The fact that the mile rollout on the pavement was somewhat tame was more than compensated for once riders turned into the Big-M parking lot with Baker leading the way. “I just got nervous” recalled Baker “I went into crit-mode. I wanted to ensure good position in the single track”. Baker lead a strong group that included Schworm, Juarez, Wakeley, Simonson and a huge train of followers up the opening climb and subsequent rollers. The lap-1 pace was high, with the lead 13 riders coming into the start/finish at 2:12. As the lead group was starting to gel, Chicago rider Mike Phillips (Adventure 212 / Specialized) moved to the front and kept up the pressure with a pace that seemed un-sustainably high. Phillips lead through the lap-2 run-up section followed by Juarez, Simonson, Baker, Tanguy, Wakeley and Schworm. Single speeder Gordon Wadsworth was also in the mix, having recovered from an early crash in the lap-1 first climb traffic.

Rare Disease Cycling's Christian Tanguy pilots is Specialized S-Works Epic World-Cup to a 2nd place finish at Lumberjack
Rare Disease Cycling’s Christian Tanguy pilots is Specialized S-Works Epic World-Cup to a 2nd place finish at Lumberjack
Mountain Bike legend and two-time olympian Tinker Juarez rode strong all day
Mountain Bike legend and two-time olympian Tinker Juarez rode strong all day

When the rollers near the end of lap-2 began, Tanguy moved to the front. “I took over the lead for the last 8 miles of the second lap and continued the fast pace.” remembered the RDC rider.  “More riders fell off of the lead train and we were a much smaller group when we reached the aid zone at the start of lap-3”.

Schworm was content to let others do the pace-making. “About two-thirds of the way through lap-2, Christian started the attacks on the repeating steep hills which reduced the group to 6.” recalled the eventual winner. “At the beginning of lap-3 I hammered the initial section and two more were gapped. One of the victims was Keck Baker. “Six came into the start/finish area together.” said Baker. “but just as I had my cooler open reaching for my bottles, the others were already flying by!”.

The lap-3 lead group was reduced to Tanguy, Wakeley, Juarez, and Schworm with Tanguy setting the pace. “I led our small group again thru the road Monkey section.” said Tanguy. “We were riding at good speed and lost Jorden and Tinker.”.

Brian Schworm celebrates his Lumberjack win with his family
Brian Schworm celebrates his Lumberjack win with his family

Two riders left, Schworm and Tanguy. “Shortly after the mid lap aid station, in a short uphill both my legs cramped.” remembered Tanguy of the decisive moment. “We were about one hour from the finish but I had to back off the pace or I wouldn’t see the finish line.” That moment opened the door for Brian Schworm.

With Christian stuggling, Schworm made his move. “I then attacked on the run-up to the fire tower, the following road section, and the first few hills when we hit the trail again.” recalled Schworm. “I saw a had a gap at this point so I quickened the pace a bit and hammered those repeating steep hills and was able to hold the gap from there to the finish.”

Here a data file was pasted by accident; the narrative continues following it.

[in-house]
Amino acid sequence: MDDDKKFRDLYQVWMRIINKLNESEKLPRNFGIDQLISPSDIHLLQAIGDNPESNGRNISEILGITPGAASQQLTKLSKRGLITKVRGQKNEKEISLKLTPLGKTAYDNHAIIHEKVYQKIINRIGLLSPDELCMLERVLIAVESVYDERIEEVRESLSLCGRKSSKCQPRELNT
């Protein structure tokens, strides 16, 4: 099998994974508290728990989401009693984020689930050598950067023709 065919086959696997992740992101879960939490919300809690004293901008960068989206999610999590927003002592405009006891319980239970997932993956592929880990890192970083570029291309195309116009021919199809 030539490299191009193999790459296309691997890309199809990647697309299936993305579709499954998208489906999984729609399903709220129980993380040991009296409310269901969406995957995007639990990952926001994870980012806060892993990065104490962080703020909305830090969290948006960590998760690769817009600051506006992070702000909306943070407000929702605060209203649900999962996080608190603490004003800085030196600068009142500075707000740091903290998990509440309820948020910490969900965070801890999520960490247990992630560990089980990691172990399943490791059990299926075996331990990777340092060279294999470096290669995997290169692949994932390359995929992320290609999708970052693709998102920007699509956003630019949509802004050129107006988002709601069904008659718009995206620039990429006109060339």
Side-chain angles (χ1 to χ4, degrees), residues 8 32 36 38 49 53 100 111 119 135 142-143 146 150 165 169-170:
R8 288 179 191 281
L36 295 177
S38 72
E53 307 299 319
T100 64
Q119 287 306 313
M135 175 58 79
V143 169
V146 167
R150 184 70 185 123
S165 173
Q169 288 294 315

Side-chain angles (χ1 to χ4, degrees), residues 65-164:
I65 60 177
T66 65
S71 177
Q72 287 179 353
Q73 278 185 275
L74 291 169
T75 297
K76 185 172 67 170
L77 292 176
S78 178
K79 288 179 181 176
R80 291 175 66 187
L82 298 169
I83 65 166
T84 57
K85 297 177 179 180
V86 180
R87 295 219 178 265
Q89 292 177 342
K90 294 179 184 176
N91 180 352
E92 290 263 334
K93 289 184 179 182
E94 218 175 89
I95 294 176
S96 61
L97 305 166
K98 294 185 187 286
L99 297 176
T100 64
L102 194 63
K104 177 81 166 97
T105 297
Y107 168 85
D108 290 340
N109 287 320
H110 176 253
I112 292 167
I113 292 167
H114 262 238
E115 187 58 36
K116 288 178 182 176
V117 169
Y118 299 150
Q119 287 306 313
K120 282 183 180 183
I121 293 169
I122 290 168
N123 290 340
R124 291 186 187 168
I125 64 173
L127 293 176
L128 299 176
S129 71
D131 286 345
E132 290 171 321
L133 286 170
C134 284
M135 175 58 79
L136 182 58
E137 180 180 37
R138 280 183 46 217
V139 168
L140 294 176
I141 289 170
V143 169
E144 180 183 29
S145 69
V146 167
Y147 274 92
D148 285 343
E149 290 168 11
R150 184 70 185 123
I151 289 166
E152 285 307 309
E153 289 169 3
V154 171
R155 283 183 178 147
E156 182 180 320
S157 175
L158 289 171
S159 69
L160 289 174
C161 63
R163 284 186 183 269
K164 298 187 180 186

Tanguy would do all he could to just finish without losing any spots.

In the end it was Brian Schworm hanging on to win in 6:27:39. 2nd RDC’s Tanguy 6:29:52, 3rd Wakeley 6:31:29, 4th Juarez 6:31:32, and Keck Baker would finish in 5th 06:39:55.

Full results here.

Open Women – Chandler finishes strong

With many of the NUE favorites opting instead for Colorado’s Bailey Hundo, the door was opened for some new talent to emerge victorious in Michigan. Among the favorites taking their shot was Rhonda Stickle (Bike Zone Racing), Mari Chandler (Dart Nuun / Tecnu Racing) and local Michigan rider Jill Martindale (Grand Rapids Bicycle Co.).
Stickle set an impressive lap-1 pace getting back to the start/finish area in 2:36:38. Martindale was 3 minutes back and Chandler sat in third two minutes behind Martindale.

By the end of lap-2, Stickle lead Chandler through the start finish by 13 seconds.  Martindale was third, 7 minutes back having fallen off the pace of the leaders.

But Chandler was in control. The Nevada rider rode lap-3 in 2:41:15, just 30 seconds slower than her lap-1 split!

In the end, Chandler wins in 7:59:03, Stickle is 2nd with 8:04:56, and Martindale holds on to 3rd in 8:14:44.

Full results here.

Single Speed – Wadsworth back on top

Gordon Wadsworth rode with the leaders of the open men for half the race
Gordon Wadsworth rode with the leaders of the open men for half the race

With wins in the first two 2015 NUE Single Speed contests that included an overall win at Cohutta, Blue Ridge Cycling rider Gordon Wadsworth raced in the open at Mohican on a geared bike. But Wadsworth got behind nutritionally on a hot Ohio day and eventually fell off the pace of the leaders. Looking for redemption, Wadsworth returned to the Single Speed category for the the 2015 Lumberjack 100. “It’s just SUCH a good single speed course” said Wadsworth. “Doesn’t get much better than racing 100 miles on beautiful single track.”

Jan Roubal would be Wadsworth's nearest single speed challenger
Jan Roubal would be Wadsworth’s nearest single speed challenger

Challenging Wadsworth would be Ontario rider Jan Roubal (Velorution), Bloomington Cycle And Fitness rider Aaron Fader and local rider Mike Bernhard (Twin Six Metal).

Wadsworth’s win would not be without drama. Having fallen off of the pavement pace of the very top geared riders, Wadsworth was passing riders to the left of the line on the first climb when he went down hard. “I didn’t see what happened, but I saw Gordon picking up his bike out of the woods on that opening climb” recalled Masters winner Roger Masse about the early racing.

Wadsworth was back on his bike and burning jet fuel. He was immediately passing his single speed rivals and was soon in contact with the leaders.  LumberjackSSpodium By the end of lap-1, Wadsworth crossed the line in 2:12:56 with the leaders of the open men.